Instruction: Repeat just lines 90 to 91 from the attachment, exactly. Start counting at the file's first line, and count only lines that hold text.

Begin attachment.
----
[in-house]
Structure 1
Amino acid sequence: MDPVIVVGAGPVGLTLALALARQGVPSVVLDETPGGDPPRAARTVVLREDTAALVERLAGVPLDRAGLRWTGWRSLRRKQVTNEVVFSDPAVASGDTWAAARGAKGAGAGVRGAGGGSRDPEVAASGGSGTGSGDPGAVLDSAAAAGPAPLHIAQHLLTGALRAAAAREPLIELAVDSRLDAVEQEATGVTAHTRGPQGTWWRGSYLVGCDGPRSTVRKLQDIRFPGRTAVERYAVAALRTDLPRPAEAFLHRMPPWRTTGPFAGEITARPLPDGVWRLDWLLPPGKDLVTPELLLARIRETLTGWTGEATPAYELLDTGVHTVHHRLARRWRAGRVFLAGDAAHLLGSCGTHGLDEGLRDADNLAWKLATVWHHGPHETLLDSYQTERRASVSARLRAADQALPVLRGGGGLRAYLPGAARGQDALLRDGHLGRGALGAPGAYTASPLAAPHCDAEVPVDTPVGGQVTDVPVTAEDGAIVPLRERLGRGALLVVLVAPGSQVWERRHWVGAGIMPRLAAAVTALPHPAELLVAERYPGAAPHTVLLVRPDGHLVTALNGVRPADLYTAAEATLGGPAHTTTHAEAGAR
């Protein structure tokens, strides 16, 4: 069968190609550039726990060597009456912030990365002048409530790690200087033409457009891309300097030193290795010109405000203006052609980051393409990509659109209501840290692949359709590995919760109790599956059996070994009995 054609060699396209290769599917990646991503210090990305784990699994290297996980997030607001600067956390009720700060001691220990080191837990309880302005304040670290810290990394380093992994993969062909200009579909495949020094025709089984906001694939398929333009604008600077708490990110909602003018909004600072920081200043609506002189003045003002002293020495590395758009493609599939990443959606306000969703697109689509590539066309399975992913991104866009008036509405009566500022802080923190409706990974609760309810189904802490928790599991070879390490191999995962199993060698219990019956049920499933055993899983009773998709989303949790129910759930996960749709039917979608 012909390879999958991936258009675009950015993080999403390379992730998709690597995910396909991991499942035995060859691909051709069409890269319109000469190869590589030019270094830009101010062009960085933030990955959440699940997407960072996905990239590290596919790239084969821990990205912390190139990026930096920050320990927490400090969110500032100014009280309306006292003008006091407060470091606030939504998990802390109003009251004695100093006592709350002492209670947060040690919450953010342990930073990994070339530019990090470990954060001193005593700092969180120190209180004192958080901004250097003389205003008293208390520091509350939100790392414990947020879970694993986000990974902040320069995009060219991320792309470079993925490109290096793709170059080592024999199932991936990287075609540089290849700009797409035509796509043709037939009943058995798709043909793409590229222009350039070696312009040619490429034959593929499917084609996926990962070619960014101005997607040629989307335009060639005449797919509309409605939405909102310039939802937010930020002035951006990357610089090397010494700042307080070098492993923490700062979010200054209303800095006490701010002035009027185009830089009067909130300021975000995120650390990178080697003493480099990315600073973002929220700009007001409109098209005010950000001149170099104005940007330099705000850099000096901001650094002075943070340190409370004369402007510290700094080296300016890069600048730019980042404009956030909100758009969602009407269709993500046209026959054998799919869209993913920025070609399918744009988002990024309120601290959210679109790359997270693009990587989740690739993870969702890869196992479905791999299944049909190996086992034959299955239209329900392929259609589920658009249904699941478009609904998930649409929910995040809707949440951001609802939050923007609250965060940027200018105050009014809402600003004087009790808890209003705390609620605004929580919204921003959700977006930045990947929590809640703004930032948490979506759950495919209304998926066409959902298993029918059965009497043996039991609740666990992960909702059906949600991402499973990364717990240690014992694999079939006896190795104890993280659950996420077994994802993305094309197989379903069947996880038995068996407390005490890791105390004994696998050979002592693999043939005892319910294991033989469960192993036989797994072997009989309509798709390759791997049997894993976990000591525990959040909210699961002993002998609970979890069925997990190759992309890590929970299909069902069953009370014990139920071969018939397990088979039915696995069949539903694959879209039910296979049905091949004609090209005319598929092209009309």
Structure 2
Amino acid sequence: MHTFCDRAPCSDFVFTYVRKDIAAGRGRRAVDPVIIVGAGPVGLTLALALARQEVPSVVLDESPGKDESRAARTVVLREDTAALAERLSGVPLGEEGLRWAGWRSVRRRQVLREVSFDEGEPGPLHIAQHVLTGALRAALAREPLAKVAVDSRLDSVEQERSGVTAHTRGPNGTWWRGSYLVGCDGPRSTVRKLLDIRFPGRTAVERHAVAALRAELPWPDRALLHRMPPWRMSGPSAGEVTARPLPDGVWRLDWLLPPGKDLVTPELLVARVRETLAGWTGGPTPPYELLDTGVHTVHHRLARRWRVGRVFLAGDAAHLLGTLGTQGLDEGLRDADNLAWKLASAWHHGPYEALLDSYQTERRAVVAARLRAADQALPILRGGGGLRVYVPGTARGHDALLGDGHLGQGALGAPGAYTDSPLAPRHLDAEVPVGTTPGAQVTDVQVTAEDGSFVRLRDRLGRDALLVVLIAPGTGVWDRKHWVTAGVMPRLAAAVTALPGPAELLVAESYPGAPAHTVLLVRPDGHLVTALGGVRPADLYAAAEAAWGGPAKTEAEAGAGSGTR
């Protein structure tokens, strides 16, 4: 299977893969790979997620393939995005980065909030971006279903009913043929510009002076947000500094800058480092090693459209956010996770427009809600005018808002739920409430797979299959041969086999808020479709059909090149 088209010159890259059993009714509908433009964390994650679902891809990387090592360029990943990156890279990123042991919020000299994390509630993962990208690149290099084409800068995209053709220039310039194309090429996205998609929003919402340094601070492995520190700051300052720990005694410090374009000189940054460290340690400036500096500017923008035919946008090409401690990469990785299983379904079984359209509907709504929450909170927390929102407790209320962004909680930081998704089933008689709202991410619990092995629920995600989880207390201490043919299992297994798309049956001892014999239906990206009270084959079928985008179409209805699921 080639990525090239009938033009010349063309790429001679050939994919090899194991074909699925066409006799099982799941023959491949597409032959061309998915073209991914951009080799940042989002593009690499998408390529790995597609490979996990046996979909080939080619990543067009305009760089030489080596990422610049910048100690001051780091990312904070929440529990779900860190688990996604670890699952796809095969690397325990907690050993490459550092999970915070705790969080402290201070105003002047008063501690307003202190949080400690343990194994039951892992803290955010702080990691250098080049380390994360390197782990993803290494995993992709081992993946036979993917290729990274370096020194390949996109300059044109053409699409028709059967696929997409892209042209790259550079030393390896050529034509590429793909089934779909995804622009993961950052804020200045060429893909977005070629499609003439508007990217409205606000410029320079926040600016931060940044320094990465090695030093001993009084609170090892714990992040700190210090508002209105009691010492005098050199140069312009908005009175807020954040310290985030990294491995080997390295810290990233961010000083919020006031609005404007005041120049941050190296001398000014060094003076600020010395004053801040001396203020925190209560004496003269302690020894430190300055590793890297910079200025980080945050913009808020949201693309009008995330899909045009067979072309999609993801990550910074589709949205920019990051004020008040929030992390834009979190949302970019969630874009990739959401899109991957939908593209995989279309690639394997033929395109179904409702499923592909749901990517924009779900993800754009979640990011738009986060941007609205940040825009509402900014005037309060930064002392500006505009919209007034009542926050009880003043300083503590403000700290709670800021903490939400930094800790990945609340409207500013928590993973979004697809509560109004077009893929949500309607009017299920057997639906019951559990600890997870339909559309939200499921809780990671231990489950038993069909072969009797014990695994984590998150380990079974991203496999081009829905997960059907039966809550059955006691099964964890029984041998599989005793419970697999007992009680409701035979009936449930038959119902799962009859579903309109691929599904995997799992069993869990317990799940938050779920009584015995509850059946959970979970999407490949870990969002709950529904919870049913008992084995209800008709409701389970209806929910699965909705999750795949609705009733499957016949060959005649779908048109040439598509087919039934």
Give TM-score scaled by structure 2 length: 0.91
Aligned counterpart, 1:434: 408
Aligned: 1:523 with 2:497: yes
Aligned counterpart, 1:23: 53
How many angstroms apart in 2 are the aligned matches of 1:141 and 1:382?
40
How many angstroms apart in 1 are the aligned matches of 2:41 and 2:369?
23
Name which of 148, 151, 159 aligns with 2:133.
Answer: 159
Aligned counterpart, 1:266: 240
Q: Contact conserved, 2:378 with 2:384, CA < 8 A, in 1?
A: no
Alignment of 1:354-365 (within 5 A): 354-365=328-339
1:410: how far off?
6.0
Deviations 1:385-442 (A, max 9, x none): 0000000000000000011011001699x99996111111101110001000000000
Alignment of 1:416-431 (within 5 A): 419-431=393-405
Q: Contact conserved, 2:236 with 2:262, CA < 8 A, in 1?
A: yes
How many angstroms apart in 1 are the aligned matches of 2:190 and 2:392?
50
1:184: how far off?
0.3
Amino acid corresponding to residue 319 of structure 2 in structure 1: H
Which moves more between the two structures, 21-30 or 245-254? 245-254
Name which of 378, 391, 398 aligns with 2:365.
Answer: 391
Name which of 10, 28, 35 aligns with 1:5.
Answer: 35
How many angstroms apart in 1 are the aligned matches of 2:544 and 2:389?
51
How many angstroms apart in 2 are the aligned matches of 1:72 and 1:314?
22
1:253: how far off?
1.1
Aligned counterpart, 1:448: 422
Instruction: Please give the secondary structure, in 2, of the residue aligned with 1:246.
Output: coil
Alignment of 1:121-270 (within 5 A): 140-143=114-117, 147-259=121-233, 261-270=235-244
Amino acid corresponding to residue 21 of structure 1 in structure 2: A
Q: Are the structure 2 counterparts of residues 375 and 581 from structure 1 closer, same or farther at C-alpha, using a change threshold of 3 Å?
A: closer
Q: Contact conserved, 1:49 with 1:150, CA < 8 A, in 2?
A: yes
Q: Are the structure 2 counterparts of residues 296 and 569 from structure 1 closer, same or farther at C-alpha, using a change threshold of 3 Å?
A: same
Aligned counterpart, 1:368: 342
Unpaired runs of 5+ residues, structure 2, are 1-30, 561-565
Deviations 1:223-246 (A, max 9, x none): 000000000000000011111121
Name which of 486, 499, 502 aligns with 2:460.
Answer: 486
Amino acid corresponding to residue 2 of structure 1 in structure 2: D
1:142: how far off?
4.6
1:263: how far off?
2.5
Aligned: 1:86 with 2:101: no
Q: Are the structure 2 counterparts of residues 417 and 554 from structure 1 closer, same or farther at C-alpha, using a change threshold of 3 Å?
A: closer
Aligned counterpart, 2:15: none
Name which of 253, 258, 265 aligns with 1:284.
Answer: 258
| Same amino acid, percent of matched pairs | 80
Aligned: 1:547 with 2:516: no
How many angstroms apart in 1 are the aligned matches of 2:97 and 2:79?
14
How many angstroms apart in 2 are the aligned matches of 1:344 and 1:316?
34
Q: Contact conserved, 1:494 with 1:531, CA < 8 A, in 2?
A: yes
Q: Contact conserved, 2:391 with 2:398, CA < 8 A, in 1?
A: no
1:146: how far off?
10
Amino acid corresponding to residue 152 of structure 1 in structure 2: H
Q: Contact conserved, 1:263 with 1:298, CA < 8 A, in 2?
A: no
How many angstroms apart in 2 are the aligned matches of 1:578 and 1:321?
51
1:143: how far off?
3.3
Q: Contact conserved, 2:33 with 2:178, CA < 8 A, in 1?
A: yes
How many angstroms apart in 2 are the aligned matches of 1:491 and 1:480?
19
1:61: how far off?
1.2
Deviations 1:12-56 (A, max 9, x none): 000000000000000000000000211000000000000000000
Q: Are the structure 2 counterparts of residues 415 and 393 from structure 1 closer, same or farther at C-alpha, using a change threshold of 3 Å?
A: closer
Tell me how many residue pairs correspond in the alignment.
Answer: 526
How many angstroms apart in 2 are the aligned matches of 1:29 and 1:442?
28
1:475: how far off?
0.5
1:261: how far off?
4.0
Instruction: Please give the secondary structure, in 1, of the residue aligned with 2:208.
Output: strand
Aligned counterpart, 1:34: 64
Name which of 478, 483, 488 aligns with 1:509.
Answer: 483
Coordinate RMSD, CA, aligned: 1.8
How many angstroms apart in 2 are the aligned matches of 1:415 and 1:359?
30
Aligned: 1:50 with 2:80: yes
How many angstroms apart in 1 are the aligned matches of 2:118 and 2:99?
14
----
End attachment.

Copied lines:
Q: Contact conserved, 2:33 with 2:178, CA < 8 A, in 1?
A: yes